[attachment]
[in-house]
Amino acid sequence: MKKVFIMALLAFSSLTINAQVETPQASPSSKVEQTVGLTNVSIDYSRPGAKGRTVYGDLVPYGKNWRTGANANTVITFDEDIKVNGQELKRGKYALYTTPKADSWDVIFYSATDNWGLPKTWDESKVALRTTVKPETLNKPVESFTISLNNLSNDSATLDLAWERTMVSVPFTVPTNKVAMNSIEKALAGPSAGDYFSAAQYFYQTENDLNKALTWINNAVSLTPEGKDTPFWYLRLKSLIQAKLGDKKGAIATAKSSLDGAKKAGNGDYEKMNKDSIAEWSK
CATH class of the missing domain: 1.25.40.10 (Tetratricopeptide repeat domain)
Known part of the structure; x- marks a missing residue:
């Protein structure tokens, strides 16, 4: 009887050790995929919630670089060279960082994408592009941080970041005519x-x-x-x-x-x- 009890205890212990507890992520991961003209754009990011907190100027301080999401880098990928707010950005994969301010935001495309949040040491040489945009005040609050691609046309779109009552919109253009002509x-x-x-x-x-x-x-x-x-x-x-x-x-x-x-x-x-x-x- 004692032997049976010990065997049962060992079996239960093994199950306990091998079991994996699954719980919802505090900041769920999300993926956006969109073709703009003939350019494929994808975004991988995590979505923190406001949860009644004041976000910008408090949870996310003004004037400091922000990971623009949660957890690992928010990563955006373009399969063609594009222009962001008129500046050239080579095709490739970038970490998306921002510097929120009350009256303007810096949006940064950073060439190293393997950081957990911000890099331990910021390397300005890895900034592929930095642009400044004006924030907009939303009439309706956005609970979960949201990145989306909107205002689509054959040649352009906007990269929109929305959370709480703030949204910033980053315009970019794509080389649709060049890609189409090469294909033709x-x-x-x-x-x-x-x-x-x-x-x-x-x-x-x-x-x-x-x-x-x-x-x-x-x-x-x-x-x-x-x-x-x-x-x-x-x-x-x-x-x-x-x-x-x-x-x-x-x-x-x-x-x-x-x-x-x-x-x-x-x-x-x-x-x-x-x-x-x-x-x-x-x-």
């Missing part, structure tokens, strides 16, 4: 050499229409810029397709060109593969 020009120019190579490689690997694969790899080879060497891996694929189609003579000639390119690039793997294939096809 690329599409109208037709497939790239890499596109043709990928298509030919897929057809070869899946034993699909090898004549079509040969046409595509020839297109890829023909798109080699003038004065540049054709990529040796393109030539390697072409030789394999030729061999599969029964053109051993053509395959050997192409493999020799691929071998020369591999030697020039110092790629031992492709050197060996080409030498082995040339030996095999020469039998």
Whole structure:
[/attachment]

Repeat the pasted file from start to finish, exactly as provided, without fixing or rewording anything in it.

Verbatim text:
[in-house]
Amino acid sequence: MKKVFIMALLAFSSLTINAQVETPQASPSSKVEQTVGLTNVSIDYSRPGAKGRTVYGDLVPYGKNWRTGANANTVITFDEDIKVNGQELKRGKYALYTTPKADSWDVIFYSATDNWGLPKTWDESKVALRTTVKPETLNKPVESFTISLNNLSNDSATLDLAWERTMVSVPFTVPTNKVAMNSIEKALAGPSAGDYFSAAQYFYQTENDLNKALTWINNAVSLTPEGKDTPFWYLRLKSLIQAKLGDKKGAIATAKSSLDGAKKAGNGDYEKMNKDSIAEWSK
CATH class of the missing domain: 1.25.40.10 (Tetratricopeptide repeat domain)
Known part of the structure; x- marks a missing residue:
């Protein structure tokens, strides 16, 4: 009887050790995929919630670089060279960082994408592009941080970041005519x-x-x-x-x-x- 009890205890212990507890992520991961003209754009990011907190100027301080999401880098990928707010950005994969301010935001495309949040040491040489945009005040609050691609046309779109009552919109253009002509x-x-x-x-x-x-x-x-x-x-x-x-x-x-x-x-x-x-x- 004692032997049976010990065997049962060992079996239960093994199950306990091998079991994996699954719980919802505090900041769920999300993926956006969109073709703009003939350019494929994808975004991988995590979505923190406001949860009644004041976000910008408090949870996310003004004037400091922000990971623009949660957890690992928010990563955006373009399969063609594009222009962001008129500046050239080579095709490739970038970490998306921002510097929120009350009256303007810096949006940064950073060439190293393997950081957990911000890099331990910021390397300005890895900034592929930095642009400044004006924030907009939303009439309706956005609970979960949201990145989306909107205002689509054959040649352009906007990269929109929305959370709480703030949204910033980053315009970019794509080389649709060049890609189409090469294909033709x-x-x-x-x-x-x-x-x-x-x-x-x-x-x-x-x-x-x-x-x-x-x-x-x-x-x-x-x-x-x-x-x-x-x-x-x-x-x-x-x-x-x-x-x-x-x-x-x-x-x-x-x-x-x-x-x-x-x-x-x-x-x-x-x-x-x-x-x-x-x-x-x-x-």
């Missing part, structure tokens, strides 16, 4: 050499229409810029397709060109593969 020009120019190579490689690997694969790899080879060497891996694929189609003579000639390119690039793997294939096809 690329599409109208037709497939790239890499596109043709990928298509030919897929057809070869899946034993699909090898004549079509040969046409595509020839297109890829023909798109080699003038004065540049054709990529040796393109030539390697072409030789394999030729061999599969029964053109051993053509395959050997192409493999020799691929071998020369591999030697020039110092790629031992492709050197060996080409030498082995040339030996095999020469039998």
Whole structure: